New Design Museum helping to regenerate west London
On 24th November, the Design Museum will open in its new home on Kensington High Street, forming part of a wider development that has regenerated an area of London.
The new Design Museum relocated to west London has brought one of London’s great modernist buildings back to life.
Transformed by OMA and Allies and Morrison, Mace was appointed as main contractor in 2012 to carry out major expansion of the Design Museum, which involved the base build, restoration and comprehensive structural alterations. Chelsfield also appointed Mace for construction of the apartment blocks as well as their fit out.
Mace undertook a ‘cut and carve’ method to retain the roof and perimeter structure of the old building while demolishing the internal floors and extending the basement of the new building. This created a space three times the size, compared to its previous home at Shad Thames in south-east London.
An existing administration block was fully demolished for the new buildings and the works also included a redesign of the façades to allow natural light into the interior. Planning was secured from Royal Borough of Kensington and Chelsea with Historic England, the 20th Century Society and Friends of Holland Green to change the use of the building.
The new building includes a new two-storey basement, which extends beyond the footprint of the roof, enabling the creation of an additional temporary gallery space and a 200 seat auditorium.
The scheme required the 1,500 tonne roof to be suspended some 20 metres above ground level. This was supported by temporary works, which enabled the removal of the internal structural frame. Assessment of the existing roof identified that any movement of the key supports had to be controlled to within +/-5mm to avoid damage.
Some of the retained elements were strengthened to accommodate those expected movements and associated forces. These temporary ties consisted of four 100mm diameter high tensile bars that were pre-stressed to balance the thrust forces. To monitor the building movements, ensuring that these remained within the defined limits, the retained roof structure was continuously observed by using robotic survey equipment, affectionately known as Cyclops.
Once removal of the original internal structures had been completed, construction of the new permanent superstructure could then begin.
The client’s vision to build the world's foremost museum of contemporary design and architecture means design solutions were informed by environmental thermal analysis to ensure efficiency of energy, space and comfort – taking into account the flexible exhibition space and the optimisation of available daylight.
Mace’s COO Gareth Lewis, said: “Hollandgreen is an important project for the Royal Borough of Kensington and Chelsea and for London. With Mace’s help, Hollandgreen will again become one of the capital’s most iconic buildings, giving one of London’s unique cultural institutions a new lease of life, while providing high quality family accommodation in landscaped grounds that complement and integrate into the nearby Holland Park and the surrounding area.”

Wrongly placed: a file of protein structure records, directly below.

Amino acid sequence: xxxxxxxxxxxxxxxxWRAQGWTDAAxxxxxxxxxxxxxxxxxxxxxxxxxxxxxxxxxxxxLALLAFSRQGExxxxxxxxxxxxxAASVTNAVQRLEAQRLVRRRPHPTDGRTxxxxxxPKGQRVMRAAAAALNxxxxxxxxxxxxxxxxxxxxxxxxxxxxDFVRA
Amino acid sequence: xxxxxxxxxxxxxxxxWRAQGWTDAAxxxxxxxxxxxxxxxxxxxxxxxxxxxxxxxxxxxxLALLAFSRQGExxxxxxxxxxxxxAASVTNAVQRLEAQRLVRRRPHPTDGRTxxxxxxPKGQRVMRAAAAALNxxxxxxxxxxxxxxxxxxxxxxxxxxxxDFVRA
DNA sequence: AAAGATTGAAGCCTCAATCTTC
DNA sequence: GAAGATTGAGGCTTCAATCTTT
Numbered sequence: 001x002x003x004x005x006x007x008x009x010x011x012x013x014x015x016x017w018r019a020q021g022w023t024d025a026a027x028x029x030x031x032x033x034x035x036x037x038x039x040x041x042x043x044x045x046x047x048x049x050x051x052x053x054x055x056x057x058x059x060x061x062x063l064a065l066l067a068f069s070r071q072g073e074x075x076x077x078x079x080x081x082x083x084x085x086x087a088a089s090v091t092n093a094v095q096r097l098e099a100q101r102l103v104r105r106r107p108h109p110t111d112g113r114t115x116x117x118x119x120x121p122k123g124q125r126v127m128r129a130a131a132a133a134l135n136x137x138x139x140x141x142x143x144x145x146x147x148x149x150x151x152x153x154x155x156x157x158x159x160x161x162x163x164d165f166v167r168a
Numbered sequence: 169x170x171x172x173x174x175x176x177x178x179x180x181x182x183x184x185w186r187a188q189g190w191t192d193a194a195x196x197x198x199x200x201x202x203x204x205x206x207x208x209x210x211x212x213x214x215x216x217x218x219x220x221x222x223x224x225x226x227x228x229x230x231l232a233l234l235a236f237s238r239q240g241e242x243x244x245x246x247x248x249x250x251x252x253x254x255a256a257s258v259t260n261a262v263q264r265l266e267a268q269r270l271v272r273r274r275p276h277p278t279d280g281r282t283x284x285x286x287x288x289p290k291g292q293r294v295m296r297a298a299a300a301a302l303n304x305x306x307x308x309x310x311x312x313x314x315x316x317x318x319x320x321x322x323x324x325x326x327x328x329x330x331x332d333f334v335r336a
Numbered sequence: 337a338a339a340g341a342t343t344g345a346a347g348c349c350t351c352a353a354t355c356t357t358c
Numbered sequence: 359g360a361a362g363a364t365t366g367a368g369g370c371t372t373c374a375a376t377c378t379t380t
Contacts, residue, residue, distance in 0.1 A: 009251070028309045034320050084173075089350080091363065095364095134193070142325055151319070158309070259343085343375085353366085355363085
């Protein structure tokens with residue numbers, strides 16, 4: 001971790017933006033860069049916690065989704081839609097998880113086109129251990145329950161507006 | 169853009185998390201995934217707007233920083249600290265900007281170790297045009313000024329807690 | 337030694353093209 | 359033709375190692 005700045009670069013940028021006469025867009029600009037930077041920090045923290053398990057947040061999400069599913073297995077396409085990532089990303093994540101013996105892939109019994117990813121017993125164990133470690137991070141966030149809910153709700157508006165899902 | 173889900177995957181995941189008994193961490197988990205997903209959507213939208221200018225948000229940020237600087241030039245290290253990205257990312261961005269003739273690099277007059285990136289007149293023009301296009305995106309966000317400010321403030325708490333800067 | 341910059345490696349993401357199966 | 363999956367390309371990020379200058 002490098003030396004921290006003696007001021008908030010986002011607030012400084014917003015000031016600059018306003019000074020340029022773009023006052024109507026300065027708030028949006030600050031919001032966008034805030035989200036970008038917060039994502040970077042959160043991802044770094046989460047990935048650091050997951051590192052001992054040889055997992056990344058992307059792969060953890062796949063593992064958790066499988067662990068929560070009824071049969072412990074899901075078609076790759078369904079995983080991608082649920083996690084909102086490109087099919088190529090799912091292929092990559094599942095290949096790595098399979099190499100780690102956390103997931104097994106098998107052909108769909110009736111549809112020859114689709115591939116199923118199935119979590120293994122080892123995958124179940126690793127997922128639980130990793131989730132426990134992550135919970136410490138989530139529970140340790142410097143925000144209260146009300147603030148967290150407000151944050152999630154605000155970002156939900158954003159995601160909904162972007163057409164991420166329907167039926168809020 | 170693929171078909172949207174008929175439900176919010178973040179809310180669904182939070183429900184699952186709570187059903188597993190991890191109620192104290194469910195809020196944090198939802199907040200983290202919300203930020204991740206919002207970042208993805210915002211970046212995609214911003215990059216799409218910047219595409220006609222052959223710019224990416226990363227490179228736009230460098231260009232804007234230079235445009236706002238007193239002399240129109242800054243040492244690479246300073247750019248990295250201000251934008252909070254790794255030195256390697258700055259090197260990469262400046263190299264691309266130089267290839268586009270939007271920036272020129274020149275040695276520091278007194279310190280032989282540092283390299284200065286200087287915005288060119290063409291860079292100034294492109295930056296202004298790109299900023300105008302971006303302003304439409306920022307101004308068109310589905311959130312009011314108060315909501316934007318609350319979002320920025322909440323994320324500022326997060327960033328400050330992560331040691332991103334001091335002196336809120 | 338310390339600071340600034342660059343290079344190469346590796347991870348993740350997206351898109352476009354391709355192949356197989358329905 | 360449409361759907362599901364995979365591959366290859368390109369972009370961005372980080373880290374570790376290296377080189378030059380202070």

Reinier de Graaf, Partner, OMA, said: “In conceiving a future for one of London’s modernist buildings, we pay tribute to a period that continues to inform contemporary architecture. The Design Museum is flanked by the new residential blocks; like discreet servants, their restrained, orthogonal geometries pose a contrast to the dramatic hyperbolic lines of the historic exhibition hall’s roof.”
Simon Fraser, Partner, Allies and Morrison, said: “We relished the opportunity to contribute towards re-imagining a promising future for the Design Museum. The project has resulted in a striking assemblage of buildings within an enhanced urban park setting, which sensitively balances the needs of residents with the public benefit for future visitors to the new museum. The experience afforded us the opportunity to deepen our unique skills in the re-adaptation of Modernist landmarks, analogous to our work on the 2007 Royal Festival Hall transformation.”
Mark Wenlock, Group Development Director, Chelsfield, said: “The engineering challenges in maintaining the Grade II* Listed parabolic roof, whilst forming a double height new basement which extended beyond the ground floor foot print were immense. Arup and the main contractor, Mace, were involved in very complex engineering and temporary works solutions to make this possible. It’s a great testament to the expertise and dedication of Arup and Mace that the works proceeded without incident and the structure is now fit for many generations.”
The Design Museum will be open to the public from 24th November and feature a free permanent collection display called “Designer Maker User”, as well as two temporary exhibition spaces, a library, two shops, a restaurant, café and learning studios.
“Hollandgreen is an important project for the Royal Borough of Kensington and Chelsea and for London. With Mace’s help, Hollandgreen will again become one of the capital’s most iconic buildings, giving one of London’s unique cultural institutions a new lease of life.”